In a scene from Star Trek “Where’s our ship… where did we park the damn Enterprise?” Atlanta Railroad Depot with facades coving it
King Kong and Gone with the Wind, the ultimate 40 acres double feature…
Let’s see Kong Pa, please can we”...
Sgt. Carter and Gomer running through the intersection, chasing after the Sarge’s car.


A trespassing pic I took a few years later

Star Trek even used this Backlot

My picture-1973 A wood plank extends from the two story brick building to the roof of the one story next to it. There is a potential fall space between the two structures. They connect by a gang plank. It’s that or just jump.
Good time to take a walk, traffic’s light.
Man in a Hurry” episode Andy Griffith. I was a boy in NO -Hurry-at all!
I saw a Colt 45 beer commercial filmed here in 1972 starring Redd Foxx. They built a 3 story hotel in this intersection that collapsed, just missing the star or… Stunt double

Same street as above 30 years before

The Untouchables…Bullet holes in glass were done with pellets with vaseline and a tiny cardboard disc. It would hit the glass and create the image of an actual round passed through. Then usually, the car crashes. Tell me you haven’t seen that on this show!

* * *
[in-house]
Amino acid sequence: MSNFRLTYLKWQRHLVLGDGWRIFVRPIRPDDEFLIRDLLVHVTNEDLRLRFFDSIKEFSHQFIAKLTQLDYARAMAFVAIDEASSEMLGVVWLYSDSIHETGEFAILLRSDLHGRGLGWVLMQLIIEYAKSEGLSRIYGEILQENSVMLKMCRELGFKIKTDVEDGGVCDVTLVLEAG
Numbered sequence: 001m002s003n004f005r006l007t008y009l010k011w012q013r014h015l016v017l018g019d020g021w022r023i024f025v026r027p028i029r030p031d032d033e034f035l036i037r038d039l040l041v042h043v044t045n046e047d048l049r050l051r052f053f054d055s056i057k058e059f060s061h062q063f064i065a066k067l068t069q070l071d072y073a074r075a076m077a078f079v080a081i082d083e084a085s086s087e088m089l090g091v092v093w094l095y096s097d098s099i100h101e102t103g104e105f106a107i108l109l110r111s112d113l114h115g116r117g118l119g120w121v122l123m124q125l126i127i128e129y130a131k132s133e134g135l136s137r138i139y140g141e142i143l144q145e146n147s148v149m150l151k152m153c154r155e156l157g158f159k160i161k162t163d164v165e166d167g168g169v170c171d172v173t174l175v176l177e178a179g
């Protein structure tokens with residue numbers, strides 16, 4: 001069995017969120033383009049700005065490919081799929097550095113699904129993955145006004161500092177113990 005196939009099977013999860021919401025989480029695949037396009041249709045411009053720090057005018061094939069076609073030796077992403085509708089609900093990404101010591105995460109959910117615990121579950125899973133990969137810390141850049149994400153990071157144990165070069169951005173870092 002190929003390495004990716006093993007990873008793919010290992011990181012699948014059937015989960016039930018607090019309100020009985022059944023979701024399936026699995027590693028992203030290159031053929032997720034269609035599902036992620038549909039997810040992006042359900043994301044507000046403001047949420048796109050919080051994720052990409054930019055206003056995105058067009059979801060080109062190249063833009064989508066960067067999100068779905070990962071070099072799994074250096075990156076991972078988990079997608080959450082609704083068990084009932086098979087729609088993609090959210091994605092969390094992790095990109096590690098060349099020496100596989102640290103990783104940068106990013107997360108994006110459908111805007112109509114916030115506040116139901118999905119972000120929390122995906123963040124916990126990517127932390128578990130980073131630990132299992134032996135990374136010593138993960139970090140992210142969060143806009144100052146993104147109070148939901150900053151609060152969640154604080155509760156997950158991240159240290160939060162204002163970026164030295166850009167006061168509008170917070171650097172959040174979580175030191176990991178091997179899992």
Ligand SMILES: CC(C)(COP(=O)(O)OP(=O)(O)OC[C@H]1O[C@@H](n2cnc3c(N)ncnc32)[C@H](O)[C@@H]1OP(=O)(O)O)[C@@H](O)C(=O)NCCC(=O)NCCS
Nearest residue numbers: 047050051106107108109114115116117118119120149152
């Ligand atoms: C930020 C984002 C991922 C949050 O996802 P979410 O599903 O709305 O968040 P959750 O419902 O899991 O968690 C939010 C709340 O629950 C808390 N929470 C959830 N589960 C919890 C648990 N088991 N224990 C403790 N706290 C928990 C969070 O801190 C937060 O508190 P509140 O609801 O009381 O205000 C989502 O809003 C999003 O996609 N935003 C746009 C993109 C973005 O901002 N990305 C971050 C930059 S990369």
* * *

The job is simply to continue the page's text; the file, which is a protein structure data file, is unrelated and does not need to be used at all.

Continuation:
Land of the Giants…“Get lost you brat!”
Building 60 is the Mayberry Theater
Gomer Pyle-1967 …Looking for some good Chinese entertainment…I took car loads of real Marines to this lot, many of my older trespassing friends became Marines. We had some incredible moments on these backlots with real soldiers. Stories for my books two and three-real deal, mind blowing stuff. Security met its match. BB gun fights on the set of Combat were never so real. I dig Marines!….Oorah
Hogan’s Heroe’s

Mission Impossible…”sorryIf anyone’s hurt, we do have an ambulance.”
Kirk and Spock have seen enough of this world…
Crusader’s have arrived in style…
Love everything about this- especially the camera…I bought Bat stickers and stuck them everywhere. I have been told Mr. West was sometimes seen with a brown paper bag with a beer inside, say in-between Zaps and Pows.